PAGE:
I did complete the next book in the series, Return to Seven Islands. But I am not sure I will publish it as Ruby Iyer took over. Though if you read UnTamed, you'll see, it begins to tap into the future I outlined in Shaitan. It seems there is a theme to my writing, I keep going back to it and picking it up. "We all unconsciously seek out people events and situations that duplicate our core trauma(s) in the hope of eventually triumphing over the situation that so wounded us" Alexandra Sokoloff, pulls out this quote by Freud, in her novel Screenwriting Tricks for Authors. That's the human condition, the "repetition compulsion", Freud called it. Something which rings true for me.

If you could pick any famous author to review your book who would you pick and why?
You know, as I was writing this I realize, it's not so much other authors but I want readers real readers to pick it up and read it and then tell me what worked for them or didn't. I find this most satisfying

Name three things that you believe are important to character development?
I am realizing I need to understand the formative years of the character, where they grew up, their family situation, their economic circumstances as this has a big impact on their character development.
Also, I really am more and more trying to figure out what is it that they really want? What's missing inside (or they think is missing) that they are going in search of. What are they hiding from themselves? That secret they cannot face up to.
And then how they appear to the world. Their 'public persona' the face they like to wear so the world cannot see who they are. What is it they'd like to project, which is the opposite of what they really are?

Do you ever experience writer’s block? If so what helps you to get over it?
I am of the school that does not believe in writer's block. It normally means I haven't plotted something well so I need to go back and check the framework of what I am writing. What I do worry about is that if I don’t start travelling and meeting new people and finding myself in new situations again, then I may begin to feel a bit like I am in a loop. So even if I can't just travel as such, I do try to more and more meet people I personally find interesting and fascinating so it sparks off new conversations and thoughts.

What part of the writing process do you enjoy the most?
All of it – but mostly when I am writing furiously and something pings inside and I realize I have discovered something about myself. I get goose bumps then, and then I know I am on the right track for the character and the book, too. It means I am being brutally honest, putting my own fears and hopes out there. It's very personal.

Do you know the ending of your books before you finish writing them?
I always have a general idea about where it's headed but always my characters surprise me. They may just add on that something extra I hadn't anticipated myself

Anything else that you would like to share with your readers?
Hope you enjoy The RUBY IYER series. Do tweet and tell me if you do. And do subscribe to my newsletter to get a free copy of the first novelette in the RUBY IYER DIARIES.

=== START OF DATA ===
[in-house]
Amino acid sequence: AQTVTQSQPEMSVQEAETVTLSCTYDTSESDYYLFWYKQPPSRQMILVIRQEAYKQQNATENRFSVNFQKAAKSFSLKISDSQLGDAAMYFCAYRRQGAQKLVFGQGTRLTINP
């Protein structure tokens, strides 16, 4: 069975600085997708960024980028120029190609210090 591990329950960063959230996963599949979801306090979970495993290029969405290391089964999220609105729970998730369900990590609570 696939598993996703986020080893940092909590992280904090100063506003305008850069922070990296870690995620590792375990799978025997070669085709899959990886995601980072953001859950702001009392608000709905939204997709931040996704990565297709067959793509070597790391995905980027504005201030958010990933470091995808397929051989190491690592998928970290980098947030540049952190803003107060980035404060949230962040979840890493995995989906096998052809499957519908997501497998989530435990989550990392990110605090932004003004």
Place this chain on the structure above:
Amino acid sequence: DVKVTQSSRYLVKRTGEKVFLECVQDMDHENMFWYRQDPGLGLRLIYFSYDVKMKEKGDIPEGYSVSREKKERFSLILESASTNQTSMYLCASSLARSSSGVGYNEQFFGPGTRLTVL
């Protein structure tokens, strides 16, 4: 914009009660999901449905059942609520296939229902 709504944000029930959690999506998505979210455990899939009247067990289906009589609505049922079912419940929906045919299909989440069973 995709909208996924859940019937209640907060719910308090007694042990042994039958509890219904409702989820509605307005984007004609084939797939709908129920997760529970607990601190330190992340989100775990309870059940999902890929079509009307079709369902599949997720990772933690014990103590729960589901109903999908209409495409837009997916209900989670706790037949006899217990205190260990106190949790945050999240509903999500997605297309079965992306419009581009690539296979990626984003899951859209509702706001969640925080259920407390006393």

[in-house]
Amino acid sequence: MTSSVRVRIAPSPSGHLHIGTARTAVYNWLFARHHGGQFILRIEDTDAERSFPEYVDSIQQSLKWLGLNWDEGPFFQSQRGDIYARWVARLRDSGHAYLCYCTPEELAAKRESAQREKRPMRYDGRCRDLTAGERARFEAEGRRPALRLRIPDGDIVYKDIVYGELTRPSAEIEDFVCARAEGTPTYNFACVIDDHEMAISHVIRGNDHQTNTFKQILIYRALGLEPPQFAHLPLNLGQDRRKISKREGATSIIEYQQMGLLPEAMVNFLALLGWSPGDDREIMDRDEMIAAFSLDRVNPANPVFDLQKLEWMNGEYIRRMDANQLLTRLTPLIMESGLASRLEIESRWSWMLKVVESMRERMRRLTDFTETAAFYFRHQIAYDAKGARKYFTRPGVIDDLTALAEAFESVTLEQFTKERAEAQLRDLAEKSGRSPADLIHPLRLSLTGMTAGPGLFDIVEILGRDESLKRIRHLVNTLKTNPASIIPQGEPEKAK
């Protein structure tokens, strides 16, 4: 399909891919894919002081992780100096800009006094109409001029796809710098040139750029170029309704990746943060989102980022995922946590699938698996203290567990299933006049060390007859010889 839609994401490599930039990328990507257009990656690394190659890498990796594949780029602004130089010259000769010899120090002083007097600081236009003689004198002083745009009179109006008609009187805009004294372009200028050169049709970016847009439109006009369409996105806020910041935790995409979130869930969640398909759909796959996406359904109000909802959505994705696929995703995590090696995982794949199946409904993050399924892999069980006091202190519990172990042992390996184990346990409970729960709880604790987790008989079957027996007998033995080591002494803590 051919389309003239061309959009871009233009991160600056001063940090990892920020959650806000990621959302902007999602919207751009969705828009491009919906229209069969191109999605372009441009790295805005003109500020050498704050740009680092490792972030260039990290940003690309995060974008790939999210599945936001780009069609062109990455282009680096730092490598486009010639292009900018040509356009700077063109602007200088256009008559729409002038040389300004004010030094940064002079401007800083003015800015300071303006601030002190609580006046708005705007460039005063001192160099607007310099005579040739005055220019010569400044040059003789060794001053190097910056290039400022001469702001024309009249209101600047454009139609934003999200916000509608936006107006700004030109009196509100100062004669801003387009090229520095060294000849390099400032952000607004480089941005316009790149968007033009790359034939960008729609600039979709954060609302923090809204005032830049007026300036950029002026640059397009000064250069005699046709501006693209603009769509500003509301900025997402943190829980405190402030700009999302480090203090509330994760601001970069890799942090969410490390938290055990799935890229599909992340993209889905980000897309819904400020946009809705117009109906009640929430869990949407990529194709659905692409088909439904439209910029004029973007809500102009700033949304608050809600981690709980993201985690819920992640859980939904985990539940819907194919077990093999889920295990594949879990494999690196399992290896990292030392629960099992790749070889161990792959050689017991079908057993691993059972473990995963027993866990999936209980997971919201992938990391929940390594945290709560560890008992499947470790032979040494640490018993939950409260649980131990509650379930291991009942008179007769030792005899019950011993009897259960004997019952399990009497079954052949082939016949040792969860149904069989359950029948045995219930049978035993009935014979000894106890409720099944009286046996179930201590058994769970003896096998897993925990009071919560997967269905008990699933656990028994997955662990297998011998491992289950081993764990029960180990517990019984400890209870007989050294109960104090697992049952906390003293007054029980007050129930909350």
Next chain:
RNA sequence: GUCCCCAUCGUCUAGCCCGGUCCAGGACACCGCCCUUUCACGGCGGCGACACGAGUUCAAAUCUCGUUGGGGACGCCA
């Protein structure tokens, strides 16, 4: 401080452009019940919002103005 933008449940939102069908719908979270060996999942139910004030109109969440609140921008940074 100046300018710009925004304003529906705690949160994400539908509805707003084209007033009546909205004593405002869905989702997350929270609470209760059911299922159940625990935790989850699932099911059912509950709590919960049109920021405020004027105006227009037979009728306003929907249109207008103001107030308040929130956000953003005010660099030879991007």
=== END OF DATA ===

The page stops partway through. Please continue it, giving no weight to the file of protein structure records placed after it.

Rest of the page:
Her Books:
See My Review of The Ruby Iyer Diaries ( Ruby Iyer #0.5) 

This novelette is a companion book to The Many Lives of Ruby Iyer. A peek into the soul of an angry, young girl, who will come of age in a city on the verge of total annihilation. Ruby kept a diary from the age of ten till she ran away from home at sixteen. It is from here that I picked out a few diary entries for The Ruby Iyer Diaries. This short series of vignettes from Ruby's life, tells you more a little more about the origins of Ruby Iyer. 


It is Free on Amazon, Get your copy now!

See my Review of The Many Lives of Ruby Iyer (Ruby Iyer #1)

When her best friend is kidnapped, Ruby will stop at nothing to rescue him. 

Criminals run the streets of Bombay. Jam-packed with the worst degenerates. The city is a shell of the pride and joy it used to be. 
Ruby knows something must be done, but it isn’t until her best friend is kidnapped by the despotic Dr. Braganza that she knows that she and she alone must save city, save her best friend, save the world from total destruction. 

Armed only with with Vikram, a cop-turned-rogue they are about to embark on a road they may never return from. 

Goodreads I Amazon

See My Review of  The First Life of Vikram Roy (Ruby Iyer #1.5)

His family is being held to ransom by a deadly mastermind. 

Vikram never should have left his family, but when Vikram's father bring his half-brother Vishal home, life will never be the same. 
Vikram thinks things will be better now that he's gone. He's met the love of his life, his future looks bright and then everything is shattered. 
Now, his family's life is hanging in the balance, and only Vikram can do what needs to be done to save them. 
From the bestselling dystopian fiction author with over 200 reviews and ratings of her dystopia books across Goodreads, Amazon and other retailers. 

About the Author:
She almost died. But when dystopia romance author Laxmi Hariharan had a near death experience, she was told to write. Laxmi is the creator of dystopian romance series, RUBY IYER SERIES (The MANY LIVES OF VIKRAM ROY - FINALIST Indie Excellence Awards, the bestselling The RUBY IYER DIARIES , The FIRST LIFE OF VIKRAM ROY, The SECOND LIFE OF RUBY IYER & VIKRAM ROY, PANKY's FIRST LIFE), and the Amazon bestselling, eLit Gold winner, The Destiny of Shaitan (Bombay Chronicles, 1). If you're looking for books like Divergent and Angelfall, you'll love the RUBY IYER SERIES.

Laxmi writes books similar to Hunger Games while listening to electronica & progressive rock, and downing innumerable cups of extra sweet ginger-chai. She is also an avid photographer of street art and believes she was a tree -- a redwood -- in her past life. London is where she creates. Bombay is what fires her imagination. 

Receive a free copy of THE RUBY IYER DIARIES when you sign up to her Newsletter